Apartment Wire - 04/01/2015 (Plain Text Version)
Apartment firms rely on robust broadband to attract residents and run their operations. There has been an abundance of telecommunications-related policy activity in recent months, although it’s not always clear what the practical takeaways are for apartment firms.
NMHC’s Betsy Feigin Befus cuts through the legal complexities and politics to what matters for the multifamily firms. New rules on net neutrality and municipal broadband and a revised regulatory definition of broadband itself all have the potential to affect our access to high-speed Internet.
A recent FCC ruling also offers a warning to apartment communities with Wi-Fi networks against interfering with personal Wi-Fi networks or “hotspots.”
Broadband isn’t the only connection that matters. More than two out of five households rely solely on wireless phones, highlighting the mobile proliferation in our lives, but also emphasizing the need to ensure connectivity, especially during emergencies.
Find out what it all means to your firm here.
For the past three decades, women have been climbing the ranks to take top positions at some of the largest companies in the multifamily industry. Multifamily Executive Magazine honors 10 of the most influential women in the apartment business. [return to top]
Americans are picking up and moving less than they used to, with some of the biggest declines seen among younger households and renter households. This could portend reduced turnover and a noticeable rise in the number of long-term residents. [return to top]
A close look at new Census data shows that the fastest growing cities and towns in the U.S. are once again in warm places with ample affordable housing. Last year, for example, places where the average January high temperature was over 60 degrees added population at more than six times the rate of places where the average January high was below 35 degrees. [return to top]
Suburbs have long used good schools, low crime rates and spacious corporate campuses near major highways to recruit employers. As Americans increasingly seek to give up their cars for walkable, urban settings—suburbs are having to rethink transit to retain and recruit firms. [return to top]
WinSun Decoration Design has created a five-story apartment building with a giant, 150-meter, 3D printer. The firm “prints” whole buildings using a patented ink made of recycled construction waste. Buyers for WinSun’s printed buildings include a Taiwanese real estate group, which has reportedly ordered ten mansions, and the Egyptian government, which has ordered 20,000 single-story houses. [return to top]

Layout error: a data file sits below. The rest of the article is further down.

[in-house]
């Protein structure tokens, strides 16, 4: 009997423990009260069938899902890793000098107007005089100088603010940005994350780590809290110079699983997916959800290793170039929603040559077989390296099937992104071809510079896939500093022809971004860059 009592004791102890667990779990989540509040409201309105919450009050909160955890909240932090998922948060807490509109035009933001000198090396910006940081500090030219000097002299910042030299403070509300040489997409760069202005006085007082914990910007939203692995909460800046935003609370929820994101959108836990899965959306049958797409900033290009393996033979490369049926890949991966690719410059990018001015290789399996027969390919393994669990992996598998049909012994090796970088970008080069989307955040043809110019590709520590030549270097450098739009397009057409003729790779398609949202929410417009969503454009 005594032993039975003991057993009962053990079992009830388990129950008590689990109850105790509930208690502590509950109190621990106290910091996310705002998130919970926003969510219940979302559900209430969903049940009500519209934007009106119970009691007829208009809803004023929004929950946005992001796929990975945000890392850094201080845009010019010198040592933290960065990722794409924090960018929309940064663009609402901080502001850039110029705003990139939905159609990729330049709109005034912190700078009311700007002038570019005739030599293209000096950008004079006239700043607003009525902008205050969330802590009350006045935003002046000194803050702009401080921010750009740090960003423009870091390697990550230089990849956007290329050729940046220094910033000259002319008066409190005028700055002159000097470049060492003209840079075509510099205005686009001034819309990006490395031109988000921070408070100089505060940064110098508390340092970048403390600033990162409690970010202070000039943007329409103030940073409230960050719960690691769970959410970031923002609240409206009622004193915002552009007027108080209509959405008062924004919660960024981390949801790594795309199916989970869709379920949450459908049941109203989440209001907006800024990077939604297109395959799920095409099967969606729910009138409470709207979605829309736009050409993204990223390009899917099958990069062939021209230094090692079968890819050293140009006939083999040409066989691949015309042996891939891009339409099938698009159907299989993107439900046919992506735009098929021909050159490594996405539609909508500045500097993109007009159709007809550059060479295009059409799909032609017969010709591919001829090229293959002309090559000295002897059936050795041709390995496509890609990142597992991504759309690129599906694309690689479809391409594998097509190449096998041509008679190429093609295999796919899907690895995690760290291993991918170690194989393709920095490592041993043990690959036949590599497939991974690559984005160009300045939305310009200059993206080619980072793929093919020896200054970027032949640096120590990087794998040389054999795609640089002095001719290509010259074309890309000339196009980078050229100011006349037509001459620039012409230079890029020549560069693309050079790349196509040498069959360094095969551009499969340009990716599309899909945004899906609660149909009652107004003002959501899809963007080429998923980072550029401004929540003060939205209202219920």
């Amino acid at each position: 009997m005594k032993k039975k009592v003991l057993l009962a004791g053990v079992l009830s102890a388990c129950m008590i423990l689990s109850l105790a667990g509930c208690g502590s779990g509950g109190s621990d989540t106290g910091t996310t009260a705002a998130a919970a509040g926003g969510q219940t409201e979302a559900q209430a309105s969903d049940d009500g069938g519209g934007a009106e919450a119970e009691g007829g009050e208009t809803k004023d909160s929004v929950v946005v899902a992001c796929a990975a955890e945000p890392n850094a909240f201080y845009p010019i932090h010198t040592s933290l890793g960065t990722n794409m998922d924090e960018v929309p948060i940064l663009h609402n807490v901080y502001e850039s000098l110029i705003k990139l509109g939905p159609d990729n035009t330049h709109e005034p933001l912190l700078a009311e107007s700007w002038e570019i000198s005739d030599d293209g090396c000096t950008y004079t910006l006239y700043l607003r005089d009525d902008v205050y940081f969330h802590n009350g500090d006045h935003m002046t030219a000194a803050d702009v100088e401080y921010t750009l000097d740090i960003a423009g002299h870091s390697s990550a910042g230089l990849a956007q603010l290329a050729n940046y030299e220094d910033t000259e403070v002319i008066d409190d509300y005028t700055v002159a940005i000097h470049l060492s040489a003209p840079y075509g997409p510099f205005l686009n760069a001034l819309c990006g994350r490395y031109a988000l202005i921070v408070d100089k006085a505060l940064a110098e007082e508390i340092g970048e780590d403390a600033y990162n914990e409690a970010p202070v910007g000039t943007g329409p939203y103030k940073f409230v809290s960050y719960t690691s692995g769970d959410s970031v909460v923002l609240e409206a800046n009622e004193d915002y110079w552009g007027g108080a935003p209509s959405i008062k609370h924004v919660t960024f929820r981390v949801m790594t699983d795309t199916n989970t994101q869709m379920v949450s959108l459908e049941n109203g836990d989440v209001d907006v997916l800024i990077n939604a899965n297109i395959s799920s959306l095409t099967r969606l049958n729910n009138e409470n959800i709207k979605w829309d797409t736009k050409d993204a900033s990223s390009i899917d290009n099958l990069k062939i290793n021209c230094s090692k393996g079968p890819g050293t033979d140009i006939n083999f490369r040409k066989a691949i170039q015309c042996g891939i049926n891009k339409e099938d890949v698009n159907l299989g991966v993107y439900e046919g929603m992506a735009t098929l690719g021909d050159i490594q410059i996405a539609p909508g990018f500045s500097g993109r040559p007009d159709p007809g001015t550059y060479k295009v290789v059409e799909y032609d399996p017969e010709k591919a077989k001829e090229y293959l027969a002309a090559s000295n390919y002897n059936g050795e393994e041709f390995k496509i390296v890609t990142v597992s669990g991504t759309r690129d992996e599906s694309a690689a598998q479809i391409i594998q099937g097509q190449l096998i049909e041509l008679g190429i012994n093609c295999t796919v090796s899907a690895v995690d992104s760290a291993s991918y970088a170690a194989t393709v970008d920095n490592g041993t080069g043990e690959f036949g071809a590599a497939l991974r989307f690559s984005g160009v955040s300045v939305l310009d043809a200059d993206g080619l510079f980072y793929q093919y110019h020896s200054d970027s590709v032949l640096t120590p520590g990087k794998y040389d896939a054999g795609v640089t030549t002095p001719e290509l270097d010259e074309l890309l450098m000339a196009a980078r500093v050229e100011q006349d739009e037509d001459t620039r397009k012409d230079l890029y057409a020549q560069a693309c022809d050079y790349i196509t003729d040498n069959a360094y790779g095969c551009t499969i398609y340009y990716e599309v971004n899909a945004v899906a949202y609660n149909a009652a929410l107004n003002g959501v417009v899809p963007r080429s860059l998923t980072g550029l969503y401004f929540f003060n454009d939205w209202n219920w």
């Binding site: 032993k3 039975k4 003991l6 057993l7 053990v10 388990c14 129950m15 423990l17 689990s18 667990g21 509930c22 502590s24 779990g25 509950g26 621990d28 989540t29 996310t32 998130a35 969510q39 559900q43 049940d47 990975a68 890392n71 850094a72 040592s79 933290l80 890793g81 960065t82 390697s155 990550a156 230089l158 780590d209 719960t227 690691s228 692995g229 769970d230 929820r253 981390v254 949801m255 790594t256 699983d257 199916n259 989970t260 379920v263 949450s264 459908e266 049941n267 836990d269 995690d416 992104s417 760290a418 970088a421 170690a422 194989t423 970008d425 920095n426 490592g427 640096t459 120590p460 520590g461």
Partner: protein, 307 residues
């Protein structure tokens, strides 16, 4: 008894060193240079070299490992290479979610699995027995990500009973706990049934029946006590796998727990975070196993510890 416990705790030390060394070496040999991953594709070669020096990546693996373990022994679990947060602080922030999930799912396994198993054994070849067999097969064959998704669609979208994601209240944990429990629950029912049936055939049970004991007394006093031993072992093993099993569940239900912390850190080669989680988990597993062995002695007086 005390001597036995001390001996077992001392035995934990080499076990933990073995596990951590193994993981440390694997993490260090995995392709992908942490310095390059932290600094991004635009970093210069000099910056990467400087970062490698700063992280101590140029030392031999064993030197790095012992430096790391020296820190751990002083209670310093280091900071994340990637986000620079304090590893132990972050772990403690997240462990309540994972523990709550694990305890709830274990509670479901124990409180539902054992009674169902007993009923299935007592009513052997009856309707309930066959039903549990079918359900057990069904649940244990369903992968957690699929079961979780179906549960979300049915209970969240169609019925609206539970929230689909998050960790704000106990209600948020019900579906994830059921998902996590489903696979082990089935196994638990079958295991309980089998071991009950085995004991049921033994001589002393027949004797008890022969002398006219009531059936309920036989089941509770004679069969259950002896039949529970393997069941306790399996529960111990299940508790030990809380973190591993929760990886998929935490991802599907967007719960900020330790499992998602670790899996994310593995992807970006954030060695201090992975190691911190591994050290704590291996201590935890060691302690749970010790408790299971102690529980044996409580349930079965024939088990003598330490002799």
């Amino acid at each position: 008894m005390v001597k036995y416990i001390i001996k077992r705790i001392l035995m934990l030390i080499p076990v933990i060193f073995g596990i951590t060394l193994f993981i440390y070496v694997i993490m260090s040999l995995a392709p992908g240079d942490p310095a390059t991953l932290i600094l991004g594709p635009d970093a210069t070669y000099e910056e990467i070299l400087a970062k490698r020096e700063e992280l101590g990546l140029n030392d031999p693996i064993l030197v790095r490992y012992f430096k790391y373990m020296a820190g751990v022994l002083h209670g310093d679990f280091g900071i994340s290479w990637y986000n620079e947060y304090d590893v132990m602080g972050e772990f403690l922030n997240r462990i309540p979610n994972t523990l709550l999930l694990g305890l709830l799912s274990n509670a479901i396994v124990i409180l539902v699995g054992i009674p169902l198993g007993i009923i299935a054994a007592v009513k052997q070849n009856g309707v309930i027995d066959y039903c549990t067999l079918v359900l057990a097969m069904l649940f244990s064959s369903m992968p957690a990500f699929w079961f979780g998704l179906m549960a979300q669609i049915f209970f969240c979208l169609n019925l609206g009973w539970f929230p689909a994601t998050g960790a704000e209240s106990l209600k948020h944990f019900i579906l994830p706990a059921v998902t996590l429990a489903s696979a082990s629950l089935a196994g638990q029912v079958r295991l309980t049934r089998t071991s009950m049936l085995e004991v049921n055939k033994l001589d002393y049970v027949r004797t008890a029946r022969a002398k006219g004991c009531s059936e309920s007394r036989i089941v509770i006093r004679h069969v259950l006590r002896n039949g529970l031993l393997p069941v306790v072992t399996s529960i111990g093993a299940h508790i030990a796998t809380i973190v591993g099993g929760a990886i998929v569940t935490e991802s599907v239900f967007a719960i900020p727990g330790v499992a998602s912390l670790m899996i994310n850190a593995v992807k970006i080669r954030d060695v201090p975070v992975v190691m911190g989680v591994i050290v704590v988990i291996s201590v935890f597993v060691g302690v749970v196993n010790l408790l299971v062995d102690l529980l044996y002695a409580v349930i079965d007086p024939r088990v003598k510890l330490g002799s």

“We expect an improving 2015 with continued economic growth bringing housing above 2014 levels,” said Fannie Mae Chief Economist Doug Duncan. Upbeat labor market conditions and positive consumer and business fundamentals should push economic growth to 2.8 percent this year. Downside risks include slowing global growth abroad, geopolitical events and increased financial volatility domestically due to speculation around the target fed funds rate. [return to top]
Lenders are increasingly eager to face the massive amount of commercial real estate loans that will expire in 2015, 2016 and 2017, including $287.3 billion in CMBS loans alone. “There is a ton of money out there that wants to come in and provide financing for solid real estate deals,” said Tom Fish, executive managing director and co-head of real estate investment banking in JLL's capital markets group to National Real Estate Investor. [return to top]
New construction projects are
roaring ahead at a seasonally adjusted annual rate of $724.3 billion in
February, up 16 percent from the month before. "Due to the presence of
several unusually large projects, the first two months of 2015 witnessed an
especially elevated level of activity that's exceeded the underlying trend for
construction starts," said Robert A. Murray, chief economist for Dodge
Data & Analytics in a press release. "Some pullback can be
expected in coming months.”
Multifamily Market Dashboard
Prices for apartment properties rose again in February relative to the income produced at the properties, driving capitalization rates lower again, according to data from Real Capital Analytics.
“Overall, apartment cap rates average just over 6 percent, and the top quartile is under 4.6 percent ,” RCA said in its February report. Cap rates represent the income from a property as a percentage of the sales price.
Investors bought and sold $9.7 billion in apartment properties in February, up 65 percent from the year before. Sales of large portfolios provided the fuel, including Clarion’s $3 billion deal to buy Gables Residential pushed the total higher.